By VanEastVet, on Friday, April 6th, 2018
Cancer is a scary word, no matter who you ask about it. According to the American Veterinary Medical Association (AVMA), cancer causes almost 50% of deaths in pets over the age of 10. But whether it be in human or animal, cancer is certainly not the death sentence it once was.
Of the two most common household pets, dogs tend to get cancer at a higher rate than cats. The cancer may be treatable depending on cancer type. Examples of cancers commonly found in pets that are also commonly found in humans are lymphoma, melanoma, and osteosarcoma. Cancer treatment options for dogs and cats are similar to those for humans. Surgery, radiationtherapy, chemotherapy, and immunotherapy are all considered and will usually result in less side effects in animals than in humans. Your Veterinarian will tailor treatment dosages to optimize efficacy and minimize side effects.
The ultimate goal of cancer treatments for pets is different than in humans, though. The goal in people is invariably time, and people can consent to the treatment they’re willing to endure. The goal for animals is for them to have a good quality of life. A pet’s owner and their vet can balance treatment with time gained to spend with their human family.
Unlike humans, 85 per cent of pets have no significant side effects from chemotherapy, something generally attributed to the lower dosage used.
When you think of chemo you think of people getting really sick – but in animals it can be very different. Generally, dogs and cats that receive chemotherapy feel normal the day they are given the drug! Perhaps 3 to 5 days later, an owner might report that their pet does not feel 100%. But within 24 to 48 hours, the pet is back to his or her normal self until the cycle continues with the next dose of drug.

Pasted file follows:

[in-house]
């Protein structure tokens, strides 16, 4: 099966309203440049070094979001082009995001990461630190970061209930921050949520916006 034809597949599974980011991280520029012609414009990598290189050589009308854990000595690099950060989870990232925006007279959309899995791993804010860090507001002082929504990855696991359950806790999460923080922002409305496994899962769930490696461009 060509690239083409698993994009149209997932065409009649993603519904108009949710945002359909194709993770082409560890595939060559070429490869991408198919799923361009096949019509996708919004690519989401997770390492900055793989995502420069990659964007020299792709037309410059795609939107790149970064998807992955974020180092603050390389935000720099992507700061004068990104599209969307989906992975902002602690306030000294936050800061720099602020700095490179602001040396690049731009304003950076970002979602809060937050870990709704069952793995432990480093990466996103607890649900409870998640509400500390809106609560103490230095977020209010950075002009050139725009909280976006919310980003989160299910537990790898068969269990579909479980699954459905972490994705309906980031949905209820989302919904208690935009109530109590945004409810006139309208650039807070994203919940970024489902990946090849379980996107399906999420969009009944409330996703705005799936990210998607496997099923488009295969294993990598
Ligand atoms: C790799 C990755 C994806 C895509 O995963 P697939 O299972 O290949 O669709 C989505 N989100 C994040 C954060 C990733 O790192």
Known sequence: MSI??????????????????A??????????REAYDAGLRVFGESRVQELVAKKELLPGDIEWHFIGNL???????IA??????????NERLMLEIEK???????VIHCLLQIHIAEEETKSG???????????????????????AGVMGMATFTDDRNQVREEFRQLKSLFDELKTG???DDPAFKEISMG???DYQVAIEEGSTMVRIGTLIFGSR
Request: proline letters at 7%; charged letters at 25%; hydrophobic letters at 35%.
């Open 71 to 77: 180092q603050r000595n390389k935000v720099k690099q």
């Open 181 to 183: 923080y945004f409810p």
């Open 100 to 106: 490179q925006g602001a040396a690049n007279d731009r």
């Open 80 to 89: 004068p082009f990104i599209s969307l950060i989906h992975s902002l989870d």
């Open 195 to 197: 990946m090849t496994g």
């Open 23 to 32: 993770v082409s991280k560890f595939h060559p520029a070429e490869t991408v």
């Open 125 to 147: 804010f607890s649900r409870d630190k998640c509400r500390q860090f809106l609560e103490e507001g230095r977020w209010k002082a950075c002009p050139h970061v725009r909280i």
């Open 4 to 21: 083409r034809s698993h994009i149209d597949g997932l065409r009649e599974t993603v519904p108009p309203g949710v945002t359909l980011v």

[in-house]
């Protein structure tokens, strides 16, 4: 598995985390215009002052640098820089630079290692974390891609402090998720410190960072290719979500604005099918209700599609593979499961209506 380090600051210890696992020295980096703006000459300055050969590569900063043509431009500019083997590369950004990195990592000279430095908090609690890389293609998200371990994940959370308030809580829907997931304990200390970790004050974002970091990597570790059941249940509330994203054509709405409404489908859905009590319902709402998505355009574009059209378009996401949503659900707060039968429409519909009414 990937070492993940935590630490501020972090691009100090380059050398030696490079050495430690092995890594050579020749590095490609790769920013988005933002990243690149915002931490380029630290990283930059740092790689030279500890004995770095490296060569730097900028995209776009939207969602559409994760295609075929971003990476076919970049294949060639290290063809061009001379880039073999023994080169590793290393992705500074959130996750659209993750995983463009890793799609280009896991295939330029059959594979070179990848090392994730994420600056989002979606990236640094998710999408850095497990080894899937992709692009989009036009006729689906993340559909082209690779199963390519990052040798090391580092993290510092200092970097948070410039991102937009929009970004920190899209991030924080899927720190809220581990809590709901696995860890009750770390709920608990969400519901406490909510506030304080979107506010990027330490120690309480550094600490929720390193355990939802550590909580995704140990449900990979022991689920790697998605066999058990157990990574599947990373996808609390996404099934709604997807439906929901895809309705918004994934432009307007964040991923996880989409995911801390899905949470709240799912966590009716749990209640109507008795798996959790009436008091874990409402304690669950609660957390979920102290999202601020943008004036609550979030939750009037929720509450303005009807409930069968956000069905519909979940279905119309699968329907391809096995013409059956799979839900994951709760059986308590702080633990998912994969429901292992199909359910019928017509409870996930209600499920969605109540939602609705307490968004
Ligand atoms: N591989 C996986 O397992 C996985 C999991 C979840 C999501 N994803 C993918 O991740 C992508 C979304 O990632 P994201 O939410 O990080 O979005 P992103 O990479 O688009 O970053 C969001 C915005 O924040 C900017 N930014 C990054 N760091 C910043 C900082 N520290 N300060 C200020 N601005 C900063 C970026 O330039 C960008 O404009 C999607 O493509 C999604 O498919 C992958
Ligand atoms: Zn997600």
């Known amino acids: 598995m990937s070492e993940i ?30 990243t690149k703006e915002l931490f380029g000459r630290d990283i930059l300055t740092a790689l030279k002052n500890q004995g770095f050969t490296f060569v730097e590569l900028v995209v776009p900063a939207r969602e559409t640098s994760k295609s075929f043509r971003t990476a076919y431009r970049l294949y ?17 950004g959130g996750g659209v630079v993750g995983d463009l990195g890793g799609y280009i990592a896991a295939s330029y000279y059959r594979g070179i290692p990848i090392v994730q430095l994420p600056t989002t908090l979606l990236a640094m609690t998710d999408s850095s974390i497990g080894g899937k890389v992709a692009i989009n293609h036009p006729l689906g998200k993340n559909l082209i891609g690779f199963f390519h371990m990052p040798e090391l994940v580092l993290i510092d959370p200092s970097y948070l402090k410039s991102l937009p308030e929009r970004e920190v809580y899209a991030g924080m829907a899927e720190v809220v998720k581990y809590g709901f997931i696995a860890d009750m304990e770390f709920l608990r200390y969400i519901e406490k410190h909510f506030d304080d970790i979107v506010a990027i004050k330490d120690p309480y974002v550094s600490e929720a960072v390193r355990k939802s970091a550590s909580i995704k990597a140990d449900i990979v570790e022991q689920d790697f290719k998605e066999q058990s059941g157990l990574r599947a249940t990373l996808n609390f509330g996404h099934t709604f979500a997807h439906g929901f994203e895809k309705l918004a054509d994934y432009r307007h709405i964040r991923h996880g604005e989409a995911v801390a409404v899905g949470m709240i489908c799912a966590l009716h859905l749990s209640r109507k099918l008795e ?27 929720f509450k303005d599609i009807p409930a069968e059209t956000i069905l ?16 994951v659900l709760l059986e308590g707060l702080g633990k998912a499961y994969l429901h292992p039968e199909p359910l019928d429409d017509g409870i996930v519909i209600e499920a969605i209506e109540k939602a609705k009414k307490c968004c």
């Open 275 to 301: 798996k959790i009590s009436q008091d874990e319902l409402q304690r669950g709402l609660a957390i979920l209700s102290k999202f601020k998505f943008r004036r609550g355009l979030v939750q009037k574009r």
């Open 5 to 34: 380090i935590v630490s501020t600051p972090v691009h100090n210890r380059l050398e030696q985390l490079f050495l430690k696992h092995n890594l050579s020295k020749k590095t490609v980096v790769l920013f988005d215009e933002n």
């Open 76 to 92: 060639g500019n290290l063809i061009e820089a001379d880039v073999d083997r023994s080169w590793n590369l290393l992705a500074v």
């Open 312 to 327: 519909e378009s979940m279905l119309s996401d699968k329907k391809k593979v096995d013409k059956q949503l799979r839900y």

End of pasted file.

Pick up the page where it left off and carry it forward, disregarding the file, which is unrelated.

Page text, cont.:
However, every pet is different. A small percentage of pets are more sensitive to chemotherapy. Fortunately, the need to hospitalize pets due to chemotherapy-related side effects is uncommon, and some studies show that hospitalization is necessary in less than 10% of patients.
The side effect most commonly experienced in animals receiving chemotherapy are vomiting, diarrhea, and loss of appetite can occur. In most cases it tends to happen 3-5 days after receiving chemotherapy and resolves within 1-2 days. To prevent a pet from experiencing significant nausea, anti-nausea and anti-diarrhea medications can be dispensed and taken as needed. All through the course of treatment, the pro’s and con’s are weighed and the quality of life is taken into account.
Unlike people receiving chemotherapy, hair loss in canine and feline patients is usually very minor. Cats may lose their whiskers, and long-haired cats may lose their outer coat. Dogs may develop mild hair thinning. Spots where hair is clipped for surgery or chemotherapy administration may grow back very slowly. Some breeds are more prone to hair-loss than others. For all pets, the hair that is lost will grow back after the course of chemotherapy has been completed.
Generally speaking, the risk to a person handling their pet that is receiving chemotherapy is very low. A change in lifestyle is unnecessary. Your pet can continue to sleep in your bed, do not need to be separated from other household pets, can continue to share a litter box, and eat their regular diet.
It is important for the owners of dogs and cats receiving chemotherapy to realize that some cancers treated cannot be cured. However, most cats and dogs receiving chemotherapy have an excellent quality of life both during and after treatment. It is often possible to provide many additional months, or sometimes even years, of happy life with chemotherapy. The vast majority of owners tell us that they have no regrets about their decision to pursue chemotherapy for their pet.
Here at Arbutus West Animal Clinic, we’re very happy to offer many forms of cancer treatments, including chemotherapy to our clients. With years of experience and a dedicated team, we’re ready to support you, and your beloved pet through the fight for their life.
For more information, inspiring survivor stories and to donate to research, check out the links below: